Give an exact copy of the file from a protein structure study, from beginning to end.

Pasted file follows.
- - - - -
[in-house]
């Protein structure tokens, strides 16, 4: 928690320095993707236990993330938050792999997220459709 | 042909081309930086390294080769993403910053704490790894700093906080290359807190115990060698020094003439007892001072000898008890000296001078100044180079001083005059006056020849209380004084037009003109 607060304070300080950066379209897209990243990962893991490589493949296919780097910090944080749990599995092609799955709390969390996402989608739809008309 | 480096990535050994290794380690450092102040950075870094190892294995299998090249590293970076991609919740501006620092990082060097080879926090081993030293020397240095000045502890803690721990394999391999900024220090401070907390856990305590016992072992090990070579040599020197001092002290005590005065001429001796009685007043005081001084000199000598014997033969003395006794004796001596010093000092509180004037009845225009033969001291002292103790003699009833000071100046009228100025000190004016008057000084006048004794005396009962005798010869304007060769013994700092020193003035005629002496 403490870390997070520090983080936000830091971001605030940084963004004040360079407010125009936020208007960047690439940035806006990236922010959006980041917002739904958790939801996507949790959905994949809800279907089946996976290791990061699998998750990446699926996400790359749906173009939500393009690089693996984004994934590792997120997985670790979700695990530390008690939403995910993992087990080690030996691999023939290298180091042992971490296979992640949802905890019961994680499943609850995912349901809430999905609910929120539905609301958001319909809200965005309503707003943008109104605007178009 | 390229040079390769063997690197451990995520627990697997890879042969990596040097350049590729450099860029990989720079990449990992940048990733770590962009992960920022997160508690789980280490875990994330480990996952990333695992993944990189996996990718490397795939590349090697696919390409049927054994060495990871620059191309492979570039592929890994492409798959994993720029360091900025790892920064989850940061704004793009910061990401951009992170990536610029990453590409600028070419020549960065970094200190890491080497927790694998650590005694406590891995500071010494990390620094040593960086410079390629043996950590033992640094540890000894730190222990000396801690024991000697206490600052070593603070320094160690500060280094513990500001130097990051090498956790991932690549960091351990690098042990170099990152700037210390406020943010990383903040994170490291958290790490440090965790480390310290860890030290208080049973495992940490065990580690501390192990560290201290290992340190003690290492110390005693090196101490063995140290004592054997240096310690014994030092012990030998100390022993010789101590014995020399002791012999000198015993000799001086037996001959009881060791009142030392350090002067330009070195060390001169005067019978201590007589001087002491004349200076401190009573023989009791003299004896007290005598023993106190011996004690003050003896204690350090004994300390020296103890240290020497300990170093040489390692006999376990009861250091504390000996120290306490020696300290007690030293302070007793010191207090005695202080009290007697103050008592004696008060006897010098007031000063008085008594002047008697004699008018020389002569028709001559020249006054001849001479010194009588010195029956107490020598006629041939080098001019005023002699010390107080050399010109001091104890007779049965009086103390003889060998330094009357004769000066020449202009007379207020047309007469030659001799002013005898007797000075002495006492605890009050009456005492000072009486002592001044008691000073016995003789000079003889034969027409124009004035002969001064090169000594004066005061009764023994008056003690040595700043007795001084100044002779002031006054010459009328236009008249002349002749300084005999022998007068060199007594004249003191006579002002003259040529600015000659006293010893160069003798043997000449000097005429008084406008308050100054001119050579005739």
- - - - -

[in-house]
């Protein structure tokens, strides 16, 4: 928690320095993707236990993330938050792999997220459709 | 042909081309930086390294080769993403910053704490790894700093906080290359807190115990060698020094003439007892001072000898008890000296001078100044180079001083005059006056020849209380004084037009003109 607060304070300080950066379209897209990243990962893991490589493949296919780097910090944080749990599995092609799955709390969390996402989608739809008309 | 480096990535050994290794380690450092102040950075870094190892294995299998090249590293970076991609919740501006620092990082060097080879926090081993030293020397240095000045502890803690721990394999391999900024220090401070907390856990305590016992072992090990070579040599020197001092002290005590005065001429001796009685007043005081001084000199000598014997033969003395006794004796001596010093000092509180004037009845225009033969001291002292103790003699009833000071100046009228100025000190004016008057000084006048004794005396009962005798010869304007060769013994700092020193003035005629002496 403490870390997070520090983080936000830091971001605030940084963004004040360079407010125009936020208007960047690439940035806006990236922010959006980041917002739904958790939801996507949790959905994949809800279907089946996976290791990061699998998750990446699926996400790359749906173009939500393009690089693996984004994934590792997120997985670790979700695990530390008690939403995910993992087990080690030996691999023939290298180091042992971490296979992640949802905890019961994680499943609850995912349901809430999905609910929120539905609301958001319909809200965005309503707003943008109104605007178009 | 390229040079390769063997690197451990995520627990697997890879042969990596040097350049590729450099860029990989720079990449990992940048990733770590962009992960920022997160508690789980280490875990994330480990996952990333695992993944990189996996990718490397795939590349090697696919390409049927054994060495990871620059191309492979570039592929890994492409798959994993720029360091900025790892920064989850940061704004793009910061990401951009992170990536610029990453590409600028070419020549960065970094200190890491080497927790694998650590005694406590891995500071010494990390620094040593960086410079390629043996950590033992640094540890000894730190222990000396801690024991000697206490600052070593603070320094160690500060280094513990500001130097990051090498956790991932690549960091351990690098042990170099990152700037210390406020943010990383903040994170490291958290790490440090965790480390310290860890030290208080049973495992940490065990580690501390192990560290201290290992340190003690290492110390005693090196101490063995140290004592054997240096310690014994030092012990030998100390022993010789101590014995020399002791012999000198015993000799001086037996001959009881060791009142030392350090002067330009070195060390001169005067019978201590007589001087002491004349200076401190009573023989009791003299004896007290005598023993106190011996004690003050003896204690350090004994300390020296103890240290020497300990170093040489390692006999376990009861250091504390000996120290306490020696300290007690030293302070007793010191207090005695202080009290007697103050008592004696008060006897010098007031000063008085008594002047008697004699008018020389002569028709001559020249006054001849001479010194009588010195029956107490020598006629041939080098001019005023002699010390107080050399010109001091104890007779049965009086103390003889060998330094009357004769000066020449202009007379207020047309007469030659001799002013005898007797000075002495006492605890009050009456005492000072009486002592001044008691000073016995003789000079003889034969027409124009004035002969001064090169000594004066005061009764023994008056003690040595700043007795001084100044002779002031006054010459009328236009008249002349002749300084005999022998007068060199007594004249003191006579002002003259040529600015000659006293010893160069003798043997000449000097005429008084406008308050100054001119050579005739």